Projecting MLB Free Agents by Team

An early look at notable free agents for every MLB team heading toward the 2016 offseason, including our calculated market valuations for most. Bookmark our 2017 MLB Free Agent Tracker

Arizona Diamondbacks

Daniel Hudson (P, 29)
2 years, $14M ($7M)

The 29-year-old has had multiple Tommy John surgeries, and saw limited action in 2016. He was originally looked at as a top two starter in the DBacks rotation, but is now arguably the best arm coming out of their bullpen. He won’t command a huge number on the open market, and it makes sense for Arizona to bring him back – especially with an apparent trend toward multi-inning relief appearances forthcoming. Andrew Miller’s 4 year $36M contract could be one to look at here.

Honorable Mentions
Rickie Weeks, (OF/INF, 34)


Atlanta Braves

Honorable Mentions
Emilio Bonifacio (OF/INF, 31)
Eric O’Flaherty (RP, 31)


Baltimore Orioles

Mark Trumbo (OF/DH, 30)
5 years, $100M ($20M AAV)
Trumbo hits free agency for the first time in the prime of his career, coming off a season with 27 doubles, 47 home runs, 108 RBI and an .850 OPS. His numbers resemble Justin Upton’s prior to his mega deal with the Tigers last offseason. Baltimore will be hard-pressed to keep him in town.

Matt Wieters (C, 30)
5 years, $68M ($13.5M AAV)
A bit surprisingly, Wieters accepted the $15.8M qualifying offer from the O’s last offseason, but he wasn’t extended one this time around. With a calculated market value just under $14M per year, and now 30 years old, it probably makes sense for Wieters to look for a multi-year contract. He’ll have offers elsewhere.

Honorable Mentions
Pedro Alvarez (1b/DH, 29)
Steven Pearce (3B, 33)


Boston Red Sox

Junichi Tazawa (RP, 30)
The Sox have a handful of relievers with expiring contracts this winter, but at 30 ,Tazawa is the youngest. He posted 54 strikeouts in 50 innings and appears to be a viable option out of the pen. He would be in for a bigger role with a return to Boston with Uehara and Ziegler both free agents as well.

Honorable Mentions
Koji Uehara (RP, 41)
Brad Ziegler (RP, 37, $8M)
Aaron Hill (INF, 34)


Chicago Cubs

Aroldis Chapman (RP, 28)
5 years, $70M ($14M AAV)
No player was more valuable to the Cubs this postseason than Chapman, who was asked to do a bit too much down the stretch. Just 28 years old, and still as dominant as ever, Chapman will reset the closer market this offseason. David Robertson’s $11.5M average salary is the highest among active closers. Aroldis is calculating at a $14.1M market value.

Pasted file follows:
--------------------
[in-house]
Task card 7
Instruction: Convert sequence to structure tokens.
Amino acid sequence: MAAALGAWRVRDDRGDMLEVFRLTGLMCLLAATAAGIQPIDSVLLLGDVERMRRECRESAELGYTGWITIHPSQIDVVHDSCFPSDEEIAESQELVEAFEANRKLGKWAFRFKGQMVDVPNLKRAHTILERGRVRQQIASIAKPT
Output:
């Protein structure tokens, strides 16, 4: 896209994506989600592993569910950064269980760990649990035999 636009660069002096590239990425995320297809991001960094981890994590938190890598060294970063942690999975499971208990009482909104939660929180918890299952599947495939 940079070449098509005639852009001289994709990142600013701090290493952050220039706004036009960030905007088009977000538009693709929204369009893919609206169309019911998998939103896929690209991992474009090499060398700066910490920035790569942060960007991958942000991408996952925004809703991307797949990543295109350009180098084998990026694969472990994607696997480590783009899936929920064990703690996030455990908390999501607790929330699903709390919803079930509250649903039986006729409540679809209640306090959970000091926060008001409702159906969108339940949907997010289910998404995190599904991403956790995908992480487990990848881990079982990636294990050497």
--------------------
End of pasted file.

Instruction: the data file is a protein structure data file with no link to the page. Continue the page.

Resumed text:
Dexter Fowler (OF, 30)
5 years, $85M ($17M AAV)
Fowler took a big step forward with a nice finish to 2016, becoming a key player in the Cubs’ series win. He’s opted out of his $9M option for 2017 in seek of more money within a multi-year deal. He should have no trouble finding both, as he’s currently valuing north of $17M per year.

Honorable Mentions
Jason Hammel (SP, 34, $15M)
Travis Wood (RP, 29, $6.5M)
Joe Smith (RP, 32)
Chris Coghlan (OF, 31)


Chicago White Sox

Honorable Mentions
Justin Morneau (DH, 35)
Alex Avila (C, 29)
Austin Jackson (OF, 29)


Cincinnati Reds

Alfredo Simon (RP, 35)
Ross Ohlendorf (RP, 34)


Cleveland Indians

Mike Napoli (1B, 35)
3 years, $40M ($13.3M AAV)
Napoli’s 11th year in the league was arguably his best ever, finishing with 22 doubles, 34 home runs, 101 RBIS, and an .800 OPS for the runner-up Indians.Napoli’s stock may have slipped a bit with an underwhelming performance in the postseason, but the 35-year-old should have no trouble finding a home this winter – quite possibly back in Cleveland. He’ll certainly demand a raise from his $7M salary in 2016, and his calculated market value stands at just under $12M.

Honorable Mentions
Rajai Davis (OF, 36, $6M)
Coco Crisp (OF, 37)


Colorado Rockies

Jorge De La Rosa (P, 35)
After 9 years in Colorado, it appears a breakup is forthcoming for De La Rosa and the Rockies this winter. The 35 year old made 24 starts this season, but was relegated to the bullpen for much of the finish. With converted starters in the bullpen becoming a trend, there should be teams willing to take a look at him this offseason, though age and health are concerns.

Mark Reynolds (3B, 33)
While his power numbers held true with recent seasons, Reynolds posted a career-best .282 batting average in his 10th season. An average defender, Reynolds will be given a strong look by teams who are hoping he can add depth and a little power to their lineup. He’s trending toward a $6M per year contract.

Honorable Mentions
Boone Logan (RP, 32, $5M)
Daniel Descalso (2B, 30)


Detroit Tigers

Jarrod Saltalamacchia (C, 31)
Erick Aybar (INF, 32)


Houston Astros

Colby Rasmus (OF, 30)
4 years, $60M ($15M AAV)
Rasmus’ stock was at an all-time high prior to the 2016 season, so it was a surpise when he accepted the $15.8M qualifying offer. Injuries and a miserable 2016 season (.206 average, 15 homers in 107 games) now has his stock dropping rapidly. A strong season could have pushed his calculated value near the $20M per year mark, but Rasmus currently stands right at a $15M per year valuation. With that said, Rasmus is an excellent defensive outfielder and compares well with Cubs OF Jason Heyward, who locked in a shocking 8 year, $184M deal in Chicago last winter.

Honorable Mentions
Luis Valbuena (3B, 30, $8M AAV)
Jason Castro (C, 29, $5M)
Doug Fister (SP, 32)


Kansas City Royals

Edison Volquez (SP, 33)
2 years, $30M ($15M AAV)